at an event hosted by TRESOC, in the Civic Hall in Totnes on 4th December 2013.  Unfortunately, Francesca determined that the average speed of the current at this particular location is not of sufficient speed to power an existing renewable energy device.  Although the speed of the current is quite high at times, the average speed – including tides and periods of slack water – shows that there is insufficient volume of water and speed of flow to warrant the installation of a device.

It is likely that at a future date, the technology develop such that the energy in low flow rates will be harnessed, opening up possibilities for Community Energy groups located along lots of rivers.  This might take up to seven years, but the industry is moving in this direction, making ever more sensitive devices.  

Just as importantly, our relationship with Plymouth University led to the entire MRE Masters cohort being involved in collaborative research, culminating in a presentation given at the same event (poster below): Investment Opportunities in Marine Renewable Energy in Devon and Cornwall.  Their research highlights 4 possible areas that appear promising.  Their presentation can be downloaded here (very large file size):

We look forward to hearing again from Plymouth University with more concrete proposals. Together we can make things happen.

Alix Riley, TRESOC

Totnes Community Wind Farm: no regrets

The founder members of the Totnes Renewable Energy Society were, and still are, an ambitious bunch of people.  The sheer scale of the challenges of dealing with climate change and fossil fuel depletion demand big solutions.  Nor can the laws of physics be denied, and the simple fact is that wind turbines offer the most abundant and cost effective source of renewable energy available to us.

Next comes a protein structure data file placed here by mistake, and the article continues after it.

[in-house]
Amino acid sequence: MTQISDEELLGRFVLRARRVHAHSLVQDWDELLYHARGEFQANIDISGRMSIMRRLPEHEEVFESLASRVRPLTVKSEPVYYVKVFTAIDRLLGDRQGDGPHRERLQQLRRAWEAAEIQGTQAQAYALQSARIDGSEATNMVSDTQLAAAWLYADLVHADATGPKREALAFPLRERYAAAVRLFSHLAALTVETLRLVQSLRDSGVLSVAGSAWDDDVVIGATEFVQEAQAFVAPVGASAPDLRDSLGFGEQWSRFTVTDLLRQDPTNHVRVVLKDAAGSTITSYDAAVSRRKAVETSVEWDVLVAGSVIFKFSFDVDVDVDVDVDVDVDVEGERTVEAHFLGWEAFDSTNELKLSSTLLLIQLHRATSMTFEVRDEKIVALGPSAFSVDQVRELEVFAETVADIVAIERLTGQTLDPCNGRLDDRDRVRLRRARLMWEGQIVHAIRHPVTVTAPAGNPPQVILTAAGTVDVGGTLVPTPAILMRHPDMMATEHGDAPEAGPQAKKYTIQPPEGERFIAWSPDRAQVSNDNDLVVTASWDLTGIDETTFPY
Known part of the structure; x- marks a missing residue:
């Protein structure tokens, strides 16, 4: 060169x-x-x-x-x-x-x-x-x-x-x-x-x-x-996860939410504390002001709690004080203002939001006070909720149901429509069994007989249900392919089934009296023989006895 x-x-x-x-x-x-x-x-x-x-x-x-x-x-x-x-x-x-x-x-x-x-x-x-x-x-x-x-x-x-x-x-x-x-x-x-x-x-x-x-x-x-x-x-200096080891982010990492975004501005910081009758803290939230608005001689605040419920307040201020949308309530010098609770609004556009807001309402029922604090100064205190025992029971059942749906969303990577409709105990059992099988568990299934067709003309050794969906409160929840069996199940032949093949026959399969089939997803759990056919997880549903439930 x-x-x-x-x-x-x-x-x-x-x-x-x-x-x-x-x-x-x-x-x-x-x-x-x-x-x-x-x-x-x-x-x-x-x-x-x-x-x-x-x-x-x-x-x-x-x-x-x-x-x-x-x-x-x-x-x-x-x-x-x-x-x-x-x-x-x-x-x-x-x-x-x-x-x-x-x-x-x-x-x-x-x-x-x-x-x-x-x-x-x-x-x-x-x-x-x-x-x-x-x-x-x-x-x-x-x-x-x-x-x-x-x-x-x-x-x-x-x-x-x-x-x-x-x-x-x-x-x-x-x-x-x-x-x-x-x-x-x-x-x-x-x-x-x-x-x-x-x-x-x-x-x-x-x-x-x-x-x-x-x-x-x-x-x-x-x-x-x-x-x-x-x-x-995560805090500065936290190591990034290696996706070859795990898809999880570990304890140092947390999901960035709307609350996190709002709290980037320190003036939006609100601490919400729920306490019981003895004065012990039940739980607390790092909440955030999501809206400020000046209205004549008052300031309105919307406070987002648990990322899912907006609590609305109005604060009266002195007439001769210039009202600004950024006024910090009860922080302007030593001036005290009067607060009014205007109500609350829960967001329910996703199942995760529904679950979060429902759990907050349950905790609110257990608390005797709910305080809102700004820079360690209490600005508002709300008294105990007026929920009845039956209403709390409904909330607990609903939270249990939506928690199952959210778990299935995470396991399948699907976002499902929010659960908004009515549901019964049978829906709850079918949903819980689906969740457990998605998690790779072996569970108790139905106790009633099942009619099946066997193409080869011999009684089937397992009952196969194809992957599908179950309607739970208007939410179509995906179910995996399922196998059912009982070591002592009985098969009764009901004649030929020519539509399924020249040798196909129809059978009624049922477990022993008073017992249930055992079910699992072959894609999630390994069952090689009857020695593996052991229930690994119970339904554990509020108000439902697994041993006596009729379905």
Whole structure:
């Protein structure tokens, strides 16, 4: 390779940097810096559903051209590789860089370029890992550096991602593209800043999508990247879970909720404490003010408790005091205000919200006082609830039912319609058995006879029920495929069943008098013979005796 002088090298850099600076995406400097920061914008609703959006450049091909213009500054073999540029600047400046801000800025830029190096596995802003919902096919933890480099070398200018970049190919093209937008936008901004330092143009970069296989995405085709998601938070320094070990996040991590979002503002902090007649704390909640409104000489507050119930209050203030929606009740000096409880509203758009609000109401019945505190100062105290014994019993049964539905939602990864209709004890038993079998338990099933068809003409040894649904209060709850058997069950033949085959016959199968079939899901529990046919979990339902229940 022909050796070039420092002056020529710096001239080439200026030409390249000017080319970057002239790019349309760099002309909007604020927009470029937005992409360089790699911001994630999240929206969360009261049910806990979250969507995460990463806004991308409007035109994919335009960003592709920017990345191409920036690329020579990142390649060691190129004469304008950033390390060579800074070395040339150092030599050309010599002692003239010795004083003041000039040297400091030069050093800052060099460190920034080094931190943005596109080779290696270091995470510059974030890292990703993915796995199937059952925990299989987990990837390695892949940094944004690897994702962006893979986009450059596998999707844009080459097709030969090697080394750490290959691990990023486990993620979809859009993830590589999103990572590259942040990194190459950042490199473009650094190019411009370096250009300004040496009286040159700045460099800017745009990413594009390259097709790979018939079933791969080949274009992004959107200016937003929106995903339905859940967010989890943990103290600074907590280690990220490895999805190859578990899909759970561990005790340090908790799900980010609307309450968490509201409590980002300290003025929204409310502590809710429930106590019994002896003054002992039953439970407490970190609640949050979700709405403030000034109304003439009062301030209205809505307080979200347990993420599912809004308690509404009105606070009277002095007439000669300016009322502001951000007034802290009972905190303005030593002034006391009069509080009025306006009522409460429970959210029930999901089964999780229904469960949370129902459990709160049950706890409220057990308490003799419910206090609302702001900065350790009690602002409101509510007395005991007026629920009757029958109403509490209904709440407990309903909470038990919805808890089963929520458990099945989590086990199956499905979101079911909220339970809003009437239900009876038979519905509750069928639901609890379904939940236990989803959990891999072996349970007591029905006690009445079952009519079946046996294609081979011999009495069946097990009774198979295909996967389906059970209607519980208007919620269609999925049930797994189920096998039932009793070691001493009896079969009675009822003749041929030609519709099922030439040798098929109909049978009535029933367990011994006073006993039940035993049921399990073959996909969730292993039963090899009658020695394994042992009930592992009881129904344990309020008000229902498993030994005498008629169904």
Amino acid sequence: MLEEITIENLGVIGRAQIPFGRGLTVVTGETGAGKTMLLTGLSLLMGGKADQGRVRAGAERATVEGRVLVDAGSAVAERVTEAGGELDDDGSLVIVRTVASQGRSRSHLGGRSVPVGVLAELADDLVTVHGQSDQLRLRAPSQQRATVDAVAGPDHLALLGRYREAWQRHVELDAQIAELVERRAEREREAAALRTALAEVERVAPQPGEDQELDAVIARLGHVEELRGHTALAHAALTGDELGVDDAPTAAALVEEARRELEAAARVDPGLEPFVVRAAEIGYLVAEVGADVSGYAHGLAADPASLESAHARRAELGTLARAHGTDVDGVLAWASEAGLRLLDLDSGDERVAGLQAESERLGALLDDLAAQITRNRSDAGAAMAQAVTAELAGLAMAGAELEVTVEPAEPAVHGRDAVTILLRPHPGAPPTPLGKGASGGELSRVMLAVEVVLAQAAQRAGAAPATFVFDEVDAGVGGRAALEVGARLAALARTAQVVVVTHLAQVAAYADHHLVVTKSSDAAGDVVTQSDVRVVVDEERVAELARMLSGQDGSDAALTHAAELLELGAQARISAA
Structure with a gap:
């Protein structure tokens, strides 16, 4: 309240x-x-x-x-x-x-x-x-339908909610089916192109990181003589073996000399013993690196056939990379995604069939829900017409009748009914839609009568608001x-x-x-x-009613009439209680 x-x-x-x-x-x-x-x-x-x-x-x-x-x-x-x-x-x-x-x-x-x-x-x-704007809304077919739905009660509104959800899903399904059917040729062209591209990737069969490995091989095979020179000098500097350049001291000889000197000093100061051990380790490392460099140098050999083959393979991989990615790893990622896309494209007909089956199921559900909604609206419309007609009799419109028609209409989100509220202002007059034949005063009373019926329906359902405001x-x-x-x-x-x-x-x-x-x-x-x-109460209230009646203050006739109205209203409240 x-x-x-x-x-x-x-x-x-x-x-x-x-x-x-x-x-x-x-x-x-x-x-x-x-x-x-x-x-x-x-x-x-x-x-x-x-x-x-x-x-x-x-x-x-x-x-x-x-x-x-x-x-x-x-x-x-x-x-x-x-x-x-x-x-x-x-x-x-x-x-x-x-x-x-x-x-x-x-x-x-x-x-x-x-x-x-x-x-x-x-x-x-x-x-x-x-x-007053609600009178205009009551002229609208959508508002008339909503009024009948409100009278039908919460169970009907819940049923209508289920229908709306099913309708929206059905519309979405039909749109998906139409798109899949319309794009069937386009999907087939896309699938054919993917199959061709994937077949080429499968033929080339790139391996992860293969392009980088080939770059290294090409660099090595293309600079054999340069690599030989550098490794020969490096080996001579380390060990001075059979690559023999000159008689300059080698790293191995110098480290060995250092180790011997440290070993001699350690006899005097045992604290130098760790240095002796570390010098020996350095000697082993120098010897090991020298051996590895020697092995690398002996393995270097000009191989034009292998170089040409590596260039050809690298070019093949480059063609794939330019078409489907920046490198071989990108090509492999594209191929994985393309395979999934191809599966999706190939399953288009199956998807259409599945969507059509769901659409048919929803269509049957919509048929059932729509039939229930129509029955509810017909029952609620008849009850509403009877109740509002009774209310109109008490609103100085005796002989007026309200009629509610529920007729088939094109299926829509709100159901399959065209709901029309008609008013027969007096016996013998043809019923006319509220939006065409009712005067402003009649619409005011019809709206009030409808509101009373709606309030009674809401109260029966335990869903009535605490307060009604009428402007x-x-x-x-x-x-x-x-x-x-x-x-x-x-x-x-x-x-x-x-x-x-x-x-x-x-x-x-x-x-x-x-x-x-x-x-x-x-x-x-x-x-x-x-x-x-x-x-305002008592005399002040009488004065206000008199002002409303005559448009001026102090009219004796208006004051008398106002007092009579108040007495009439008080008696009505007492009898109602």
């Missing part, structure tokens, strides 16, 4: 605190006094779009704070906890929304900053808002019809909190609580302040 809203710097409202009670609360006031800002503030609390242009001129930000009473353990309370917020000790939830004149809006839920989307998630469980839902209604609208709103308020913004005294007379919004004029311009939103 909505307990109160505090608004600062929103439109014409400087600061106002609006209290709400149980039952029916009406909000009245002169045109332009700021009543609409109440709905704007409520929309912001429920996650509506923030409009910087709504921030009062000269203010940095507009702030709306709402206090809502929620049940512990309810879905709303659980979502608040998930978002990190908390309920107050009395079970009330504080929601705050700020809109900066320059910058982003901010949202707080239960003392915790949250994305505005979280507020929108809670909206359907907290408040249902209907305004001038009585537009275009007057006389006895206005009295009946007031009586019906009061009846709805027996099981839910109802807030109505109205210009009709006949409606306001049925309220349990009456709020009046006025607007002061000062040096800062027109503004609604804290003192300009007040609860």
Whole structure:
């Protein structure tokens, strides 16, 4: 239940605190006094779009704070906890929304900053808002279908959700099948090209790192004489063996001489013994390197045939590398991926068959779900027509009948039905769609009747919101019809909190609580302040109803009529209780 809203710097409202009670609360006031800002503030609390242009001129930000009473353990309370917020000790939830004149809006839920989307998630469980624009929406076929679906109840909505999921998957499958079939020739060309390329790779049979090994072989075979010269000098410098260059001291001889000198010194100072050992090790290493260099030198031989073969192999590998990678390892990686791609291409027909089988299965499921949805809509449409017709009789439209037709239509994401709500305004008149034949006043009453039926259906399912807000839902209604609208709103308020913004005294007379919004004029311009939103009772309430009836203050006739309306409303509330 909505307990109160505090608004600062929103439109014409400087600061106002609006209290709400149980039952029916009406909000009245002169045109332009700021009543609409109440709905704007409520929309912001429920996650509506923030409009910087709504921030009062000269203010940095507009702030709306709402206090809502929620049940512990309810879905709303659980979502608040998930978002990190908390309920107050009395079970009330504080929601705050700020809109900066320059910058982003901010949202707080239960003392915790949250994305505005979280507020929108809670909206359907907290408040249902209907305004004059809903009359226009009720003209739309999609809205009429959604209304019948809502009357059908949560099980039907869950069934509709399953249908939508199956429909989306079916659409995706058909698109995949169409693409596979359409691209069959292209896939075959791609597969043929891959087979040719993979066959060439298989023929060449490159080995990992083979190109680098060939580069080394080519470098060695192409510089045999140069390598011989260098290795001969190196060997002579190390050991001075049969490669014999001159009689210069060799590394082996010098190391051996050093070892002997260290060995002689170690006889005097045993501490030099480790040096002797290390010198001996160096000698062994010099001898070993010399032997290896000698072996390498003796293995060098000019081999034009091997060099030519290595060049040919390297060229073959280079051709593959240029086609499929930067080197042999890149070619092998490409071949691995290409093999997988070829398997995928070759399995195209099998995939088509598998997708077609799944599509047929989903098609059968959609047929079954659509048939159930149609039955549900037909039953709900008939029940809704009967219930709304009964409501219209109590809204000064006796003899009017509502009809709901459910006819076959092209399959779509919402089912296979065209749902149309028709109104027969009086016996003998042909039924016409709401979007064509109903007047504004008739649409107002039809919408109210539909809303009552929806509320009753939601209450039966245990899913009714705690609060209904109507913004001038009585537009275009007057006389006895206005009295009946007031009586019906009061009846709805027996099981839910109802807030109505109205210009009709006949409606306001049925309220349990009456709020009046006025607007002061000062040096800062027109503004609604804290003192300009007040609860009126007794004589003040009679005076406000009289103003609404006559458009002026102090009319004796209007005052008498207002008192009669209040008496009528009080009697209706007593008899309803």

Finding suitable sites for wind turbines that meet planning and commercial criteria is a specialist job and a very great deal of professional expertise is needed to prepare a planning application.  And so, in 2008, soon after the formation of the Society in 2007, we contacted Dorset based wind developer, Infinergy, to ask if they would be interested to work with a local community owned renewable energy society to explore the possibility of wind power for Totnes and the surrounding parishes.

When Infinergy ran their wind prospecting software they found, as other wind developers have found before them; that the best local site for wind development, taking all planning criteria into account, is at Luscombe Cross.  There followed 18 months of careful and confidential negotiation with the Agent before all agreements were signed and the first TRESOC share issue was launched in 2010.  

Infinergy confirmed that, taking all planning criteria into consideration the best site for wind developmentIt has been a 6 year journey of discovery and steep learning curves for everyone involved.  From the first desktop studies to find the best site for a wind turbine, contacting the land agent, negotiating legal agreements and preparing the planning application.  We are rightly proud of the quality of the work that was done by TRESOC working in close partnership with a highly skilled and well-motivated team of wind development professionals.  Sir Jonathan Porritt, in his letter of support, describes the Totnes Community Wind Farm Planning Application as “one of the best designed and well supported applications we have seen”  Not good enough though for the local planning authority who turned it down on the grounds of the view.  We had steeled ourselves for rejection by the local authority but were not prepared Infinergy’s decision not to appeal.

The choice to develop a large scale wind energy as the first project amongst our portfolio was a conscious choice. It remains the most cost-effective way of generating renewable energy and we had identified the best suitable site in our locality with the help of the developer. This was an excellent investment opportunity for our members and would be a significant generator locally. 

The substantial public engagement that we provided raised the profile of the development locally. With the benefit of hindsight, this unintentionally hindered the project, as it enabled local opposition to organise and gain strength earlier than in a normal planning application. However we don't believe that this should have been done in a different way. The whole point of community renewable energy is to engage the local population and increase awareness whilst providing social and financial benefits.

Totnes Community wind farm has given us a good degree of experience from which we have learnt from. We want the embryonic community energy industry to gain from our insights, so if you have any questions please get in touch.

Ian Bright
Managing Director